Volume 54 Number 72
                    Produced: Sun May 20 12:51:05 EDT 2007

Subjects Discussed In This Issue: 

Matir neder in relation to an issur
         [Chana Luntz]
Religious Psychotherapy (4)
         [Daniel Geretz, Frank Silbermann, Leonard Paul, Anonymous]


From: Chana Luntz <chana@...>
Date: Tue, 15 May 2007 22:49:48 +0100
Subject: Matir neder in relation to an issur

Joseph Ginsberg writes:

> Coincidentally, this past week I was asked by a divorced woman to be
> "matir neder" (revoke a vow).  She had for some reason a few years
> back vowed not to have sex (again) outside of marriage.  Now she has
> apparently met someone, and wants to renege on that vow. The catch-22,
> of course, is that if I do so, I am apparently allowing her to violate
> halacha.  If I tell her that I cannot do so, I'd be telling a lie.  It
> appears to me to be a case of "trey avrei d'nahara", where the rule is
> that one cannot facilitate non-kosher eating if without you it's more
> difficult.

Just out of curiousity, is it clear that her neder was chal to begin
with?  Yoreh Deah siman 215 si'if 5 seems to me to suggest that it would
not be [al mitzvas lo ta'aseh d'alma ano chal ben bitulo ben b'kiyumo -
on a simple negative mitzva [a neder] is not chal whether to nullify it
or to perform it].  I guess that would get into the question about
whether the sex she was talking about violated a simple lo ta'aseh, but
I would have assumed that it would (is she likely to go to mikvah?).

If the neder was never chal, then clearly you cannot be matir it as it
does not exist to begin with, and so you would not in fact be telling
her a lie if you told her that you could not matir it (although
admittedly you would not be telling her the whole truth).



From: Daniel Geretz <danny@...>
Date: Tue, 15 May 2007 12:35:36 -0400
Subject: RE: Religious Psychotherapy

IN MJ 54:69, Joseph Ginzberg writes:

> Sadly, I must also point out that while many, perhaps most, of the
> religious therapists are excellent, the field is also sadly flooded
> with religious "wannabes", M.S.W.'s, rabbis, and sundry others who are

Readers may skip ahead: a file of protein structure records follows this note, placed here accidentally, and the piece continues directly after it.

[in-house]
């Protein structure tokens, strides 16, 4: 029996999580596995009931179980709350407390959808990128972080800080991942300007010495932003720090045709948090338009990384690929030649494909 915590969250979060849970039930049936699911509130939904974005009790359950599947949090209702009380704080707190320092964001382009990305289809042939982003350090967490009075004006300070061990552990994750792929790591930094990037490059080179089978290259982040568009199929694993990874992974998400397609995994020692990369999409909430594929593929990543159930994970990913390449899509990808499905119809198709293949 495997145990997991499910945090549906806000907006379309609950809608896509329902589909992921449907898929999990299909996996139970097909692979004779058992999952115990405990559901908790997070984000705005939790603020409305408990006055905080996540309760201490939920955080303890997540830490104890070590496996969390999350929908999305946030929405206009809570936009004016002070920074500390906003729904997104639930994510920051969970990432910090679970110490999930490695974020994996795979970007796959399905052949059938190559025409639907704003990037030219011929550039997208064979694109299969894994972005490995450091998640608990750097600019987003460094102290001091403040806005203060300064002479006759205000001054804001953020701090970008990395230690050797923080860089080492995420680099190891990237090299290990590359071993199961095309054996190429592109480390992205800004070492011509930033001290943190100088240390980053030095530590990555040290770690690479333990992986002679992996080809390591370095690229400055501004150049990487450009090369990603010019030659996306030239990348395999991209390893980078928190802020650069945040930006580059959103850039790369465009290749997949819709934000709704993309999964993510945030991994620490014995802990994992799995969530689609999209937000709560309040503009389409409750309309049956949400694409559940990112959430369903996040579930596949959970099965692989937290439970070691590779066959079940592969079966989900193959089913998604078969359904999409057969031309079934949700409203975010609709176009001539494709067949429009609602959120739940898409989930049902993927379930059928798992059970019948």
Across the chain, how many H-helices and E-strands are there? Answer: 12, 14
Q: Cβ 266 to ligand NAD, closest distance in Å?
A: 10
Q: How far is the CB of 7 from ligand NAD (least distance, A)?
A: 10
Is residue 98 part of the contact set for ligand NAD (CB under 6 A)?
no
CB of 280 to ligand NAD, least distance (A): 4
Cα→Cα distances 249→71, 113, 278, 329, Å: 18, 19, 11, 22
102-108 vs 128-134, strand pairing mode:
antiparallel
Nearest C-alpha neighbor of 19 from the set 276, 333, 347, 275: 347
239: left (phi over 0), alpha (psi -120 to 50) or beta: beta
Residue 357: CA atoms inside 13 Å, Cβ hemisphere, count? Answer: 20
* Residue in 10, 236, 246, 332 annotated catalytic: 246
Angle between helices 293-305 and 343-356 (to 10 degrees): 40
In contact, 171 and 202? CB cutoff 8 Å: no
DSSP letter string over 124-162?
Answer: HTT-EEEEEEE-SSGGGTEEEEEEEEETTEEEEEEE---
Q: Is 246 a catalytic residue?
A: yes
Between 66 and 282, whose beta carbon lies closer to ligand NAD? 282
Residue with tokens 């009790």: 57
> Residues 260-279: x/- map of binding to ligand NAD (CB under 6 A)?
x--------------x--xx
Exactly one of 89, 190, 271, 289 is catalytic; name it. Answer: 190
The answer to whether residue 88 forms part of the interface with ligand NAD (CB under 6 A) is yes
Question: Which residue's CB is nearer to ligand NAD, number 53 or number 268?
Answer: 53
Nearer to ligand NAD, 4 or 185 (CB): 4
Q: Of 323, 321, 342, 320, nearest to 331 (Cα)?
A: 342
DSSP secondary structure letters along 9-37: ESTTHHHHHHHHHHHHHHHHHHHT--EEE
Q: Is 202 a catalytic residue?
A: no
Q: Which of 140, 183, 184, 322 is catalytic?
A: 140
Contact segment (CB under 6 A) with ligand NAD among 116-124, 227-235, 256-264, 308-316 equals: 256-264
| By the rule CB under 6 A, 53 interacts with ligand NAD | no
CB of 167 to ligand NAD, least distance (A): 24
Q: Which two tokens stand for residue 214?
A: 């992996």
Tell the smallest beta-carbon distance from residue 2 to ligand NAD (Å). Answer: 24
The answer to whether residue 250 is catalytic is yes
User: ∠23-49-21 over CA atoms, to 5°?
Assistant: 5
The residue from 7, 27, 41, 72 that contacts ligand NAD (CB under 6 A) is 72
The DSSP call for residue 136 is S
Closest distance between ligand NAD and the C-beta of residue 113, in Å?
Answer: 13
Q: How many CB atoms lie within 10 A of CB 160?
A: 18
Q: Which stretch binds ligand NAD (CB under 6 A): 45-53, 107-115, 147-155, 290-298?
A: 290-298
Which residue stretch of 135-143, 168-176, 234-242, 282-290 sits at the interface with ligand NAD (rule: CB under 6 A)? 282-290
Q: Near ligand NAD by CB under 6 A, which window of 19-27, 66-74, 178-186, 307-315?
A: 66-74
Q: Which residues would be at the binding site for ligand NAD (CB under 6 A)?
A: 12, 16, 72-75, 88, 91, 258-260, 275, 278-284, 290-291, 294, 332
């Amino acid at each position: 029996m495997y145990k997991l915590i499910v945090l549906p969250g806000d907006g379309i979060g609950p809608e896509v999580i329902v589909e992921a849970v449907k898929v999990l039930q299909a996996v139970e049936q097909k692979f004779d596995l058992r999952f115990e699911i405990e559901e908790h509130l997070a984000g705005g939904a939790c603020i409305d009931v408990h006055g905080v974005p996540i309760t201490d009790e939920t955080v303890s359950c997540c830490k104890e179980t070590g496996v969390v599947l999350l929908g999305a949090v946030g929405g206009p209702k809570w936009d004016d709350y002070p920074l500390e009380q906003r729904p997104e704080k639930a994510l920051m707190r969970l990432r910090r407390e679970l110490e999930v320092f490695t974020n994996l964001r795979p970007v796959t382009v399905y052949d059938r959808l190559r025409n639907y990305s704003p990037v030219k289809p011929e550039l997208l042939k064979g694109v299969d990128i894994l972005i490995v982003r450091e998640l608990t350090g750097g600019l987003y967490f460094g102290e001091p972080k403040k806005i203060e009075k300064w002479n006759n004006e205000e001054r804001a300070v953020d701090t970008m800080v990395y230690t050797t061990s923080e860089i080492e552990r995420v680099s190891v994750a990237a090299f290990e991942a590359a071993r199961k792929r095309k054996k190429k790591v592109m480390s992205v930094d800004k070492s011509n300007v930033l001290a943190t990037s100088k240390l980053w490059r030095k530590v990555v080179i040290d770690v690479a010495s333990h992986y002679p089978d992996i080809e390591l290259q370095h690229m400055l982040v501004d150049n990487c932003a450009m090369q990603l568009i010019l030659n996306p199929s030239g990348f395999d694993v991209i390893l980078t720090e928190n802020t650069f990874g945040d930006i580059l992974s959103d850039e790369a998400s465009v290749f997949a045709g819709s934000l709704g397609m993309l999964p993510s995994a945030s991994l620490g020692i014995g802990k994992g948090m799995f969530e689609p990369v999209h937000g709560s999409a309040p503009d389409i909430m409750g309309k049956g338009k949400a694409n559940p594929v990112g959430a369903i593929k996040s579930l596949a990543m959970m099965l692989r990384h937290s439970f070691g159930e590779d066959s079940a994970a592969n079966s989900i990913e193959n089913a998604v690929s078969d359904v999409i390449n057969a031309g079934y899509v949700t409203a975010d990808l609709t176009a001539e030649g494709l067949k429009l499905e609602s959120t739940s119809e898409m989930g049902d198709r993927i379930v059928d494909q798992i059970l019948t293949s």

> doing therapy and causing untold harm. Ask almost any rabbi, and he'll
> tell you how many "counselors" there are using allegedly
> Ramchal-based, kabbala-based, and the like, types of dubious therapy
> to help religious people in search of help, and causing huge problems
> of all types. They are finding, quietly, far more clients than the
> "magicians" who read your mezuza, megilla, kesuba, palm, tzitzis,
> whatever.

The converse is also true.  In other words, ask almost any therapist,
and he/she will tell you how many rabbis there are who feel that semicha
is all they need in order to be able to counsel people in search of
help.  (There are yet other therapists, I have heard, who treat
observance as a clinical diagnosis in and of itself.)

Joseph Ginzberg raises a number of difficult issues which anyone in the
field of counseling, be he/she a rabbi, or a therapist, needs to deal
with.  I think it is important to remember the maxim of "al tadoon et
chavercha ad shetagia limkomo" - don't judge your fellow man/woman until
you are in his/her place.  This applies both to rabbis and therapists
who are dealing with a client, as well as we who stand on the outside
and look at the therapist-client relationship.  For certain, the clients
face heartbreaking situations.  Almost as certain, any observant
advisor, be he/she a therapist or a rabbi, cannot help being heartbroken
at the challenges that their clients face.

Personally, I think that both rabbis and therapists who have to counsel
observant clients need to develop an appreciation for the unique skills
of each other and learn from each other (in a general sense - in
specific cases, there may be issues of privileged information.)  There
is an overlap between the disciplines, and an integrated
multi-disciplinary approach will likely lead to healthier outcomes.  A
therapist is not in a position to make a halachic determination, nor is
a rabbi in a position to make a clinical diagnosis.

Therefore, I laud the original poster (Alan Goldberg) for his sensitive
approach to counseling observant Jews.  I will also add, by way of
response to Dr. Goldberg directly, that frequently, "published" halachik
guidance/decisions (psak) is usually "one-size-fits-all" because people
are likely to ignore special mitigating circumstances and apply the psak
in cases where the circumstances do not apply (think over-the-counter vs
prescription medications).  Sometimes, private, unpublished psak, that
takes into account mitigating circumstances can be more direct in
addressing whatever conflict you are working to resolve.

Even though you are not observant, I encourage you to develop a
relationship with a G-d-fearing, sensitive, observant rabbi (dealing
with Orthodox patients, I recommend an Orthodox rabbi) with whom you can
discuss, in a general sense, the issues confronting your patients.
Although you may disagree on major theological and philosophical issues,
I think that there is less distance between you on the practical issues
than you might think.

Kol Tuv,

Danny Geretz

From: Frank Silbermann <fs@...>